TAINAN (Taiwan) • Rescuers have deployed heavy machinery in a renewed effort to locate more than 100 people trapped in the rubble of a Taiwan apartment complex felled by an earthquake as the 72-hour "golden window" for finding survivors passed.
Tainan Mayor William Lai ordered rescuers to start using diggers and extractors to remove giant concrete slabs to better detect signs of life which have been found in three different areas.
The use of heavy machinery had been repeatedly delayed after rescuers detected signs of life in upper parts of the toppled structure.
Tainan Deputy Mayor Tseng Shu-cheng said that 103 people were still missing in the rubble.
And time is running out: By 4am yesterday, people had been trapped for 72 hours, a milestone after which rescue is rare.
TIME RUNNING OUT
It's approaching the 73rd hour and relatives are getting more anxious as time passes by and expect more. They hope the rescue team can make further moves. ''
TAINAN MAYOR WILLIAM LAI , during a briefing on rescue operations yesterday during which distraught relatives complained about poor communication of information and the lack of results
"It's approaching the 73rd hour and relatives are getting more anxious as time passes by and expect more. They hope the rescue team can make further moves," Mr Lai said at the scene early yesterday.
Taiwan President Ma Ying-jeou said on Monday there was still hope for survivors, even beyond the 72-hour window.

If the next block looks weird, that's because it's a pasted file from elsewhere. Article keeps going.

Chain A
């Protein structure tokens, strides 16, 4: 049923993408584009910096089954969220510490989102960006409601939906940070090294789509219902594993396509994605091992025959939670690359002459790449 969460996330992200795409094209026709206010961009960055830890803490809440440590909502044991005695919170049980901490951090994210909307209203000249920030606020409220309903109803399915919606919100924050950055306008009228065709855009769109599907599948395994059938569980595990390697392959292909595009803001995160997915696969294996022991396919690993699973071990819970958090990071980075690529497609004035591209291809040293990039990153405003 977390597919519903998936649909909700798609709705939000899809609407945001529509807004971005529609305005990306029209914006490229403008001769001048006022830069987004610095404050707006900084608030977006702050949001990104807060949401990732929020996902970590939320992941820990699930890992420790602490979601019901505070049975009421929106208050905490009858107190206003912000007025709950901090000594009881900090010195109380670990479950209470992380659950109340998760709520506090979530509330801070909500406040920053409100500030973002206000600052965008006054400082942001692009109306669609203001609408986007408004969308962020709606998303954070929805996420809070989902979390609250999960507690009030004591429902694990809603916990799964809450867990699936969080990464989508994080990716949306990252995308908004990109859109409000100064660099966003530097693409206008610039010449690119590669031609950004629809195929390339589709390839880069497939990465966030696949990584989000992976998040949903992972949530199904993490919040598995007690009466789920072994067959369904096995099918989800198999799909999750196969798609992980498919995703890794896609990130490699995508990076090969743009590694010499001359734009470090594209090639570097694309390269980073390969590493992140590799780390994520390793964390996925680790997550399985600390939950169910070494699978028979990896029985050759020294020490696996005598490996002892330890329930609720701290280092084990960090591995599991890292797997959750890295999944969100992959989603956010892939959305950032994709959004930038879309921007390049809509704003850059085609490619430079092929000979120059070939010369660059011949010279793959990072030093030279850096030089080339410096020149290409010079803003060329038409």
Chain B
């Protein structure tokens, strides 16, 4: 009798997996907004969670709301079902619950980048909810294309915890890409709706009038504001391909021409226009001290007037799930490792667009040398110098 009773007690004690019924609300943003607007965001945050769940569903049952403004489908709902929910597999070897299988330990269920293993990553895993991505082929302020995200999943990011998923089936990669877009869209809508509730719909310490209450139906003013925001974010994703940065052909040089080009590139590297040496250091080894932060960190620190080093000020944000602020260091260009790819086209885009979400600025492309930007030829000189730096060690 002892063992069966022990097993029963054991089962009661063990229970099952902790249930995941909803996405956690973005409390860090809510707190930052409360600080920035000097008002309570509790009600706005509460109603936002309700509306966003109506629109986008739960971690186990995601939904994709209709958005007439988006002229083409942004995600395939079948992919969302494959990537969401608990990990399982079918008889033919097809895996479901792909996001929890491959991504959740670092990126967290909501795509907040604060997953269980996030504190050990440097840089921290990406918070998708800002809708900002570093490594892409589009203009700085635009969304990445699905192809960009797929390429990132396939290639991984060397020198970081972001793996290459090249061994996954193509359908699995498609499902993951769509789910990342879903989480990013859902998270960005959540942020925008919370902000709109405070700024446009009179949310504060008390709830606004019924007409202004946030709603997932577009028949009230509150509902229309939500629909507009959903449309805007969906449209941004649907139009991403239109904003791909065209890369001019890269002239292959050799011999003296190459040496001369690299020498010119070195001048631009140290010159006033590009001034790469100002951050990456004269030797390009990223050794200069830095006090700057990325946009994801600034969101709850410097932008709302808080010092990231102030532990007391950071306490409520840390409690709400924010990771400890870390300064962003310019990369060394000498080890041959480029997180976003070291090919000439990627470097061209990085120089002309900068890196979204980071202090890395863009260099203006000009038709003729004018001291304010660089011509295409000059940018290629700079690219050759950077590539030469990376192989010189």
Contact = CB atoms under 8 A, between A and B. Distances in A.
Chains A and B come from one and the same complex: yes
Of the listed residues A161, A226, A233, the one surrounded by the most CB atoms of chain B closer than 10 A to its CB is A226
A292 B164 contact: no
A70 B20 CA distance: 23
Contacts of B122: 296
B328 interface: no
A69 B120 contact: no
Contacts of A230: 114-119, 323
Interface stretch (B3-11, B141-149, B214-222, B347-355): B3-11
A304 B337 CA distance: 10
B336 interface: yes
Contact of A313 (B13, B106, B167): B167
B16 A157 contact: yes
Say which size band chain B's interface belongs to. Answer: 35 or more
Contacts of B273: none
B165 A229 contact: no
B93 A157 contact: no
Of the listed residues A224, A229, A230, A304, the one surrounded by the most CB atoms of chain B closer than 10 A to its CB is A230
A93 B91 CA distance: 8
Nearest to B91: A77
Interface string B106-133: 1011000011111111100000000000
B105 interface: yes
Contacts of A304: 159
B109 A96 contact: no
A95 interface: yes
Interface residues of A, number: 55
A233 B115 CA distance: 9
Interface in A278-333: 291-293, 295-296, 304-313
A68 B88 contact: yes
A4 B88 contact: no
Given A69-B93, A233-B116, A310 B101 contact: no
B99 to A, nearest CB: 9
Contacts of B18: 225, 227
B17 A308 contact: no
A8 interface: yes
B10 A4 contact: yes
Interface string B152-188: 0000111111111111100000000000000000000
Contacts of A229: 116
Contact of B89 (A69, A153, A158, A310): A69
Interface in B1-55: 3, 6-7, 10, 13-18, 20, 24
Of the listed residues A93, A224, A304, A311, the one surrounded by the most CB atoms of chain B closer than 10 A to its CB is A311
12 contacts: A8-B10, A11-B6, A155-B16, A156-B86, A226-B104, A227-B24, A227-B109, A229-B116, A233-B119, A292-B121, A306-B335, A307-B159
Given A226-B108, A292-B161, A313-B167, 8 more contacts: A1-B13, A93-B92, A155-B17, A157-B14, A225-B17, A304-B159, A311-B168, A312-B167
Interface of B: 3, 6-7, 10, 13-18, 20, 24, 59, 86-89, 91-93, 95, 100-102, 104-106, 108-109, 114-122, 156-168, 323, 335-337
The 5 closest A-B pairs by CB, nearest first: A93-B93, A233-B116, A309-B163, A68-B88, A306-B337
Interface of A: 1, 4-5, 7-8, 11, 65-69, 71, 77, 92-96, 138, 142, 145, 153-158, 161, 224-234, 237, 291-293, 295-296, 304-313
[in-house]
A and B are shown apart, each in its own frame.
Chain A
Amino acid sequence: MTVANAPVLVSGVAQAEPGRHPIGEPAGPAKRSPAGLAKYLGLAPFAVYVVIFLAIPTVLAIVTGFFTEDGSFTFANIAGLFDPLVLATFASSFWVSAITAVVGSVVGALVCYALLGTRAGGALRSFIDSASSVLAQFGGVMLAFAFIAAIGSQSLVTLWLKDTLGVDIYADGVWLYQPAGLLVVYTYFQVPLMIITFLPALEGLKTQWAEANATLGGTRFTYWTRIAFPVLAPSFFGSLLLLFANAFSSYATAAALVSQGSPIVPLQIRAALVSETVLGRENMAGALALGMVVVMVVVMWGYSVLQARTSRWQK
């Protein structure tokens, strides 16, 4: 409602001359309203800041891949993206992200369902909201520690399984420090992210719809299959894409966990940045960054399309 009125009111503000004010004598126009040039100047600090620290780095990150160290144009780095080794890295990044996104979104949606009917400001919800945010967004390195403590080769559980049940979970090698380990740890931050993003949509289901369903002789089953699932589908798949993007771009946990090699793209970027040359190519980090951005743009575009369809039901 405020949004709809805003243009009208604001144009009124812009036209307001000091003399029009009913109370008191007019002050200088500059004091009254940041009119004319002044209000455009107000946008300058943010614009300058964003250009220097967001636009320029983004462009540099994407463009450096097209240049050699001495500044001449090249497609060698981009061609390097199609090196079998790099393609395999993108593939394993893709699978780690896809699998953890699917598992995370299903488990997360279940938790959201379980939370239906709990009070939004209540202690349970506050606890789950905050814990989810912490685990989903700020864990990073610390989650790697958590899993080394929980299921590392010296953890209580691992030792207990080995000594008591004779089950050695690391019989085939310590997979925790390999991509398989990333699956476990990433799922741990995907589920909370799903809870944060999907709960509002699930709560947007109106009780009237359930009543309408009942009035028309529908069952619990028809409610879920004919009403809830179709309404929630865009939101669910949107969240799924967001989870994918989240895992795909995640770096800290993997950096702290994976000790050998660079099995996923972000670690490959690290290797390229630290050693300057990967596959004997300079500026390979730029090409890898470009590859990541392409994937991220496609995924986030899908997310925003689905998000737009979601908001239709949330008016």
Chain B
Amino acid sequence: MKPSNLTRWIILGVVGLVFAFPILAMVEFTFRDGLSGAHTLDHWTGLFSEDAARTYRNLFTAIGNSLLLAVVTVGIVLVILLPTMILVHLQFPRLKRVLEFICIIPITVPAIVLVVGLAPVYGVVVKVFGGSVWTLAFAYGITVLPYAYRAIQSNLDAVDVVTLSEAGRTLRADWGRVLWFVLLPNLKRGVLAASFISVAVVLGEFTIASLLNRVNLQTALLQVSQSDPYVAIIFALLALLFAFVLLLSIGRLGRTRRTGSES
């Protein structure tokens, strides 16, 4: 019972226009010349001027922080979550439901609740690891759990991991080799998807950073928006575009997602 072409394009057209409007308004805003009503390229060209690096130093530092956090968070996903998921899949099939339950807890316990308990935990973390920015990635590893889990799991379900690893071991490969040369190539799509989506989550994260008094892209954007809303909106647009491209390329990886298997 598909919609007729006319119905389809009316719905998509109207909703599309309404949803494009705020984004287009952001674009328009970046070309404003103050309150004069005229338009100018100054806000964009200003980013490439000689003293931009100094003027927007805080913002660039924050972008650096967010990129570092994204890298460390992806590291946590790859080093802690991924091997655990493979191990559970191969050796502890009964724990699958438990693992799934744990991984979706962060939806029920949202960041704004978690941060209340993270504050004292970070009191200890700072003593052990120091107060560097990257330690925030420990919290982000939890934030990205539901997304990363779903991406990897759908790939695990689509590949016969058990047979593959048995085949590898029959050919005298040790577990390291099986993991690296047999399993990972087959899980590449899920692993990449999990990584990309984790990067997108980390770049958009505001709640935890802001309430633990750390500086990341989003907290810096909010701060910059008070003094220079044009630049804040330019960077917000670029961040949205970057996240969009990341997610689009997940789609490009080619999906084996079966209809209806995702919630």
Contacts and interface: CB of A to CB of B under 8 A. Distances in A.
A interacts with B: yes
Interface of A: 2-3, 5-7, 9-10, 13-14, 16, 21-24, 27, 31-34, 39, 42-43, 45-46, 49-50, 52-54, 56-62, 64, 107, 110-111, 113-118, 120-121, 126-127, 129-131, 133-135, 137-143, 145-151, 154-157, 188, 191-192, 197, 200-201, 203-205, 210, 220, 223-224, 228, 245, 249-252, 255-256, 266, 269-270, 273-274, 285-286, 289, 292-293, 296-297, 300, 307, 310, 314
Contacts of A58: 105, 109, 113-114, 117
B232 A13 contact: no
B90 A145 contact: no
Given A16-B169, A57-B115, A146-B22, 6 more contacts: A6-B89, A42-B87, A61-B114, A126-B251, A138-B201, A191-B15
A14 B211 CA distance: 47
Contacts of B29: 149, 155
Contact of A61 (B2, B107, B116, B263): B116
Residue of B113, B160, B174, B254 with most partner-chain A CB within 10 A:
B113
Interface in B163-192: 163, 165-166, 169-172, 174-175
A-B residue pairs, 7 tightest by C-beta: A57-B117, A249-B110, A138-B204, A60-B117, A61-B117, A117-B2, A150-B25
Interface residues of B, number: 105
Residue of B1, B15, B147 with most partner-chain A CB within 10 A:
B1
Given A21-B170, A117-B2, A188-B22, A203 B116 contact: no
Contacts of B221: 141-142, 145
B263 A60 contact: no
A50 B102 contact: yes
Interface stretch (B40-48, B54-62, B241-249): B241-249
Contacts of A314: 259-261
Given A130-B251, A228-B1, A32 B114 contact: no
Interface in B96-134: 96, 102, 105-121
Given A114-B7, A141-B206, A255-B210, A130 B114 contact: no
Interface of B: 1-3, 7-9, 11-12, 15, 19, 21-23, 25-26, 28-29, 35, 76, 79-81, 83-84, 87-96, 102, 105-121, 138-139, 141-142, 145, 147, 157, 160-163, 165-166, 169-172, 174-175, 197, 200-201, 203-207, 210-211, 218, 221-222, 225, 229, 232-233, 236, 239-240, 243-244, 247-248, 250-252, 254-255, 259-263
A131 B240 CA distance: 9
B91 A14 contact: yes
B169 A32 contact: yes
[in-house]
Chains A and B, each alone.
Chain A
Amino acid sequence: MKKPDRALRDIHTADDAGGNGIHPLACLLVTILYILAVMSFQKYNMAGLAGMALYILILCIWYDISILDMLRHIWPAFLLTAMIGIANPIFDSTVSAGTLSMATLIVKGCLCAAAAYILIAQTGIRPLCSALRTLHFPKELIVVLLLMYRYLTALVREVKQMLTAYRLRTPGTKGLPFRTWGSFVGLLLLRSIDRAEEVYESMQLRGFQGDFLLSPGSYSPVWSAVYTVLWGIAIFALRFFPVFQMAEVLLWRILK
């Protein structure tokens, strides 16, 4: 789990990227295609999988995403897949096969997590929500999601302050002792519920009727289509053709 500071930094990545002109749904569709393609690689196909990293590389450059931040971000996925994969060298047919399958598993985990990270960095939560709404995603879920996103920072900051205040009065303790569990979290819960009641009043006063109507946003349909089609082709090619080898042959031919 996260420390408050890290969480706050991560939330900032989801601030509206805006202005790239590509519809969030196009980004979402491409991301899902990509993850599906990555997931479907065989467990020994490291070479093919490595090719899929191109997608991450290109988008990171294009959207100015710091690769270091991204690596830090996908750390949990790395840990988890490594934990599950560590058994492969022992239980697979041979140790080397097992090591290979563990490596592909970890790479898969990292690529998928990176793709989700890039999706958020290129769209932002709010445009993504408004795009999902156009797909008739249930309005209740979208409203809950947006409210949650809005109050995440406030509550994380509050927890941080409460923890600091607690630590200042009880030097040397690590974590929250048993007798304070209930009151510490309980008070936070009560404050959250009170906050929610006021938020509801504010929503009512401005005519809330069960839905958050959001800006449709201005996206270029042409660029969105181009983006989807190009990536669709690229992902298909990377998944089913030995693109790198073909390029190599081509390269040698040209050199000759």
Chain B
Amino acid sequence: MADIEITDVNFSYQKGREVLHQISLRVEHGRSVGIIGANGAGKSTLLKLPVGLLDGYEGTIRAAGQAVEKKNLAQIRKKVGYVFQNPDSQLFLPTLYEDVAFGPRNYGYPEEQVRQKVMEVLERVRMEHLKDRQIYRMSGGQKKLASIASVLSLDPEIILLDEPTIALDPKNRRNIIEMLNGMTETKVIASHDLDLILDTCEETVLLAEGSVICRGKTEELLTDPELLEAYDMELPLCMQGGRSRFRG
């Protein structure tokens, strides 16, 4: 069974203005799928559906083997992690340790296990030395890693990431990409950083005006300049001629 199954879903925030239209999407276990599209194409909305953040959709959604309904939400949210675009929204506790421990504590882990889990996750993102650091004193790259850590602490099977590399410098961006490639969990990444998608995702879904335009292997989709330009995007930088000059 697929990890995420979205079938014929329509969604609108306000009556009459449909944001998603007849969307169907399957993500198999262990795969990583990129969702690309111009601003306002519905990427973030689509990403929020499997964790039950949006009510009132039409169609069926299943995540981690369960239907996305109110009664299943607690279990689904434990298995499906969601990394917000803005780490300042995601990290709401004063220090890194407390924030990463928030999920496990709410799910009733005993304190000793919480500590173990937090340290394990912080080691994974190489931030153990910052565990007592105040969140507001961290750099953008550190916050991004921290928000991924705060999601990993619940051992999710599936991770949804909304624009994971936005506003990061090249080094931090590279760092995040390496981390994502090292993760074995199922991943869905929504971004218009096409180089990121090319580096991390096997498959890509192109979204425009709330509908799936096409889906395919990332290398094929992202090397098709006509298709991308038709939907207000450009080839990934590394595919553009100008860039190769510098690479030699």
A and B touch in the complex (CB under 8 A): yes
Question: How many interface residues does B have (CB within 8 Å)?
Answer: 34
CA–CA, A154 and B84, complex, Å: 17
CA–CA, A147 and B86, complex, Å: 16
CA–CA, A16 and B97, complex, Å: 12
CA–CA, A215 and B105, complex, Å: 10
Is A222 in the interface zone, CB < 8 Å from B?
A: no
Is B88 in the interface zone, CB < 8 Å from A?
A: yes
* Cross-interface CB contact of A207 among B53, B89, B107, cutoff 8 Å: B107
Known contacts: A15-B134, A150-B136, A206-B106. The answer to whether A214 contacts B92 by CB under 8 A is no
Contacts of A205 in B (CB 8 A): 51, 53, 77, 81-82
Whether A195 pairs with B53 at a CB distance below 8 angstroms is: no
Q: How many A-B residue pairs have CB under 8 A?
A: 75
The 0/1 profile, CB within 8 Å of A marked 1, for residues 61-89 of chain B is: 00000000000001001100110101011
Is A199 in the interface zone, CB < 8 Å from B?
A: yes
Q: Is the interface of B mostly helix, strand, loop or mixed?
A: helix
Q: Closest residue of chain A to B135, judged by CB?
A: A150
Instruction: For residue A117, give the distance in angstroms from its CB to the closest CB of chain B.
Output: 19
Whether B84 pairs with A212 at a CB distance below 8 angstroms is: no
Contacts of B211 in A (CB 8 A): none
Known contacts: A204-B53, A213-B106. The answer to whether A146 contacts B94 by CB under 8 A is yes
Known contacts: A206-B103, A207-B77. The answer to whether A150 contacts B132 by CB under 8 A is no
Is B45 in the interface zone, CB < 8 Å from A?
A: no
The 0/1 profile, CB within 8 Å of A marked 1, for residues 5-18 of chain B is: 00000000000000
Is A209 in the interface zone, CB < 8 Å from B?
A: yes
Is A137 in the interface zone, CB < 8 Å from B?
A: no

"We will carry on until the last second. The golden 72 hours of rescue is the standard, but there are many exceptions," he said, after visiting two survivors in hospital.
The 16-storey Wei-guan Golden Dragon building in Tainan crumbled completely when the 6.4-magnitude quake struck before dawn last Saturday.
Yesterday, a tearful woman broke through rescuers' lines and threw herself on the ground as the mayor passed by, crying out that three members of her family were still trapped in the rubble.
Angry, distraught relatives waiting for news of their loved ones repeatedly interrupted the mayor as he gave a briefing on the progress of the rescue operation.
"Some of my family are in hospital and the bodies of others are in a funeral home. I am exhausted and I have to be here to wait for news of those still missing," one shouted.
Another complained about the lack of information. "You keep asking us to wait and we have to get the latest information from the media. It's so confusing," he said.
One woman said she was losing hope after three days of waiting for news of her loved ones.
"My brother and sister-in-law are trapped in Building A at the bottom of the wreckage. I feel like they've given up on them," said Ms Cheng Ya-ling, referring to the rescue effort.
"I've been waiting since Saturday in freezing weather at night and I have blankets, how are they going to survive buried down there?" she said. "I'm losing hope and losing faith in the rescue operation."
Yesterday, the island was jolted by another 4.9-magnitude quake off the eastern city of Hualien, but no damage or casualties were reported.
AGENCE FRANCE-PRESSE, NEW YORK TIMES, REUTERS